The 180 ms pre-stimulation baseline avoided the attenuation of the a- and b-waves by the Hamming window function. The filled arrow indicates the position of the dominant OP component, which was measured with respect to peak amplitude, integrated power within this peak, and peak frequency (Fig. 1c and d). Because the frequency distribution of OPs varied with stimulus intensity and between WT and nob2 mice, the frequency range for integrating power of OPs also varied accordingly. The frequency range of the peak was estimated according to its shape. On either side of the boundaries around the peak, the amplitude of the frequency component reached a minimum. This boundary is indicated by the open arrows in Fig. 1c and d.
Statistical comparison of WT and nob2 data was calculated using repeated-measures one-way analysis of variance (ANOVA). Because the standard error was not constant across all pairs of means, the degrees of freedom were adjusted by multiplying by the degrees of freedom of the Greenhouse-Geisser epsilon, and significance was adjusted accordingly.
Figure 2 presents a series of representative ERGs recorded from a WT mouse (left) and a nob2 littermate (right) to flash stimuli presented under dark-adapted conditions. In agreement with the original description , a-waves of nob2 mice appeared normal while the b-waves were markedly reduced in amplitude (Table 1). The OPs, which can be observed superimposed upon the rising limb of the b-wave, also appear to be reduced in nob2 mice.
Figure 3 plots mean frequency spectra derived from FFT analysis of ERGs recorded from 9 WT and 13 nob2 mice in response to a high intensity (2.1 log cd s/m2) stimulus. Both spectra include a low frequency amplitude maximum, which likely corresponds to the low frequency ERG components. In WT mice, the FFT contained two distinct peaks, near 80 and 120 Hz, indicated by the filled and open arrows, respectively. In nob2 mice, the higher frequency peak was essentially absent in nob2 mice, while the lower frequency peak was retained. In comparison to WT mice, the location of this peak was shifted to a lower frequency in nob2 mice.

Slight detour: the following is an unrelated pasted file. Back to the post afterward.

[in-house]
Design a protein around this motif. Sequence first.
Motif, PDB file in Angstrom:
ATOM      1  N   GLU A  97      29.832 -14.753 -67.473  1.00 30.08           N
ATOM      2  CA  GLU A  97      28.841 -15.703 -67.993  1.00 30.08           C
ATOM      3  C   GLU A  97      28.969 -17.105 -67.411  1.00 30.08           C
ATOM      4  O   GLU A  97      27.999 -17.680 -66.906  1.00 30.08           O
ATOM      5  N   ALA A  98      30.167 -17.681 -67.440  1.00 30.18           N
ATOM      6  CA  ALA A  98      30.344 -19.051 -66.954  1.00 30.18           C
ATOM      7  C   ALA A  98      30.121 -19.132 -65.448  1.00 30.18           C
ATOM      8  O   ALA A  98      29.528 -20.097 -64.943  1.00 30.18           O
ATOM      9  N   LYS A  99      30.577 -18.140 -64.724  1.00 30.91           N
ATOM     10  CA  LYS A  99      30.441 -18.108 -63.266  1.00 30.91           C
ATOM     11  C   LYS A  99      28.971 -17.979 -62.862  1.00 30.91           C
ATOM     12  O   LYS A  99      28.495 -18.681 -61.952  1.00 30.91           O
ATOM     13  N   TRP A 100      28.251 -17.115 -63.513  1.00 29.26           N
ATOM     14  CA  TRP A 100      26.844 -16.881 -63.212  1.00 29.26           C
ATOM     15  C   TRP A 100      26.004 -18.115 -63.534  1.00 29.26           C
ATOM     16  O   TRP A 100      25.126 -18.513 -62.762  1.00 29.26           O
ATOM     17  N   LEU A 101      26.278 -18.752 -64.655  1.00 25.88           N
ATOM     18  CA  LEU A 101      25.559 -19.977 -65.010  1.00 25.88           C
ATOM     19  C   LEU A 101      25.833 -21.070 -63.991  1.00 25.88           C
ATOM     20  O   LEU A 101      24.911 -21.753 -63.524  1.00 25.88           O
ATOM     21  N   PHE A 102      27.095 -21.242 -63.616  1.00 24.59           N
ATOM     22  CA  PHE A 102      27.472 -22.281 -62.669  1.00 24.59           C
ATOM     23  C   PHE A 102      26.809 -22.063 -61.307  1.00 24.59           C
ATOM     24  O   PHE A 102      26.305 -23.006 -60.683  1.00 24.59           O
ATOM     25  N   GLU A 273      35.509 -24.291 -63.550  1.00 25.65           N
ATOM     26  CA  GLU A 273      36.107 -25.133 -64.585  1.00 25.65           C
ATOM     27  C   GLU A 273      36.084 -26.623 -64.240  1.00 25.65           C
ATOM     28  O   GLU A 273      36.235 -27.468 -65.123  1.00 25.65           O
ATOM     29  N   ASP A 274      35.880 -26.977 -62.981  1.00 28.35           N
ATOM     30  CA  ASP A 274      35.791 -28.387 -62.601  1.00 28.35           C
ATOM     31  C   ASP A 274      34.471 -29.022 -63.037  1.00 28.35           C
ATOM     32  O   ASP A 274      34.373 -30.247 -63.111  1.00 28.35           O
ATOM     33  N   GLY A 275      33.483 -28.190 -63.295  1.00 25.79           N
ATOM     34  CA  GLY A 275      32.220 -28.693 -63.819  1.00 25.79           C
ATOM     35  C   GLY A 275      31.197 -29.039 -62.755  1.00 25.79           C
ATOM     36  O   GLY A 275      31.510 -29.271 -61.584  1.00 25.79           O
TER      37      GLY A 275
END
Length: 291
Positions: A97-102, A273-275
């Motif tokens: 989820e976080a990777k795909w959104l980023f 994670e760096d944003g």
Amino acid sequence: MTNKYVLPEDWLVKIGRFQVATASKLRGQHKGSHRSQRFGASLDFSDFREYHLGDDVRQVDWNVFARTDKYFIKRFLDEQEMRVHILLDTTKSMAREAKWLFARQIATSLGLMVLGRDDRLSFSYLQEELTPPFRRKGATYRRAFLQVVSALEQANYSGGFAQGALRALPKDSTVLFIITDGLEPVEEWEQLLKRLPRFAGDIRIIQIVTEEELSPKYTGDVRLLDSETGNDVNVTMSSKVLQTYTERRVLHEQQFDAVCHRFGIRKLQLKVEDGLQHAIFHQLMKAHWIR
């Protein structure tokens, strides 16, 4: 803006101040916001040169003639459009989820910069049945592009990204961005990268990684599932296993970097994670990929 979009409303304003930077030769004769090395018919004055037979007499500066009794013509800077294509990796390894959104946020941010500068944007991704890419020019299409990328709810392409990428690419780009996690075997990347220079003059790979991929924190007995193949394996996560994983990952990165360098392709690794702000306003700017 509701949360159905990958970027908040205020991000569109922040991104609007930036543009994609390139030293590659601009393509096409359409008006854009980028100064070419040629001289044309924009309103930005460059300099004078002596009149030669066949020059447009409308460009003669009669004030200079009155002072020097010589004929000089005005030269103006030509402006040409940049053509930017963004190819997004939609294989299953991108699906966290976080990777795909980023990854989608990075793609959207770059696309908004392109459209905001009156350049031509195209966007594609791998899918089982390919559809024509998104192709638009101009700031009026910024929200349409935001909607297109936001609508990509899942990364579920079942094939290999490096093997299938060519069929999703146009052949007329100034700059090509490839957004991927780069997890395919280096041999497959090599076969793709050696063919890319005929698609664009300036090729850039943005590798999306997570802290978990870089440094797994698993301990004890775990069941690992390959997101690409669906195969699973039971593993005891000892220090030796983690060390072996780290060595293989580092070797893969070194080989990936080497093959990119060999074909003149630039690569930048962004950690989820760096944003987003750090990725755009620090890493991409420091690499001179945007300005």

Figure 4 plots the amplitude of the dominant frequency component (Fig. 4a) and the integrated power around the dominant frequency peak (Fig. 4b) calculated from the grand averaged frequency spectrum as a function of stimulus intensity. At the lowest stimulus frequencies, a clear peak was not observed in any nob2 mouse studied, so neither of these measures could be derived. At higher stimulus intensities where a peak was observed in nob2 mice, the amplitude of this peak was always reduced in comparison to that of WT littermates (P < 0.002). In both WT and nob2 mice, both measures increased with increasing flash intensity. Repeated measures ANOVA shows that these increases were significant in WT and nob2 mice (P < 0.001 and P = 0.001, respectively).
Figure 5 plots the peak frequency as a function of stimulus intensity. In WT mice, the frequency peak varied with stimulus intensity in a non-monotonic fashion around 100 Hz (P < 0.001). Where measurable, the peak frequency was always lower in nob2 mice, and appeared to increase with increase stimulus intensity (P = 0.015). In both WT and nob2 mice, the maximum peak frequency was in the middle of the intensity range studied. In agreement with Lei et al. , peak frequencies of WT mice ranged from 90 to 120 Hz. Peak frequencies ranged from 72 to 88 Hz in nob2 mice.
A shortcoming of an FFT-based analysis of a complex waveform such as the ERG is that the contributions of the a-wave, b-wave and OPs cannot be readily distinguished in the frequency domain. While previous studies of the human ERG have indicated that the higher frequency energy can be attributed to the OPs , it is not clear whether this applies to the mouse, where the OPs occur at lower frequencies than in primate . In particular, it seems possible that the leading edge of the a-wave might contribute energy to the higher frequency peaks. To examine this question, we made recordings from the nob4 mouse, which has a normal amplitude a-wave but no b-wave or OPs . As shown in Fig. 6a, the amplitude and kinetics of the a-wave were similar in nob2 and nob4 mice, while only the nob2 waveform included a b-wave and high frequency OPs. As shown in Fig. 6b, nob2 mice have higher amplitudes of frequency components around 30–50 Hz, 70–100 Hz and 110–125 Hz than nob4 mice. Taking these results together with the analysis shown in Fig. 1, we attribute the difference between the nob2 and nob4 frequency spectra to the contribution of OPs and/or b-wave of the nob2 waveform.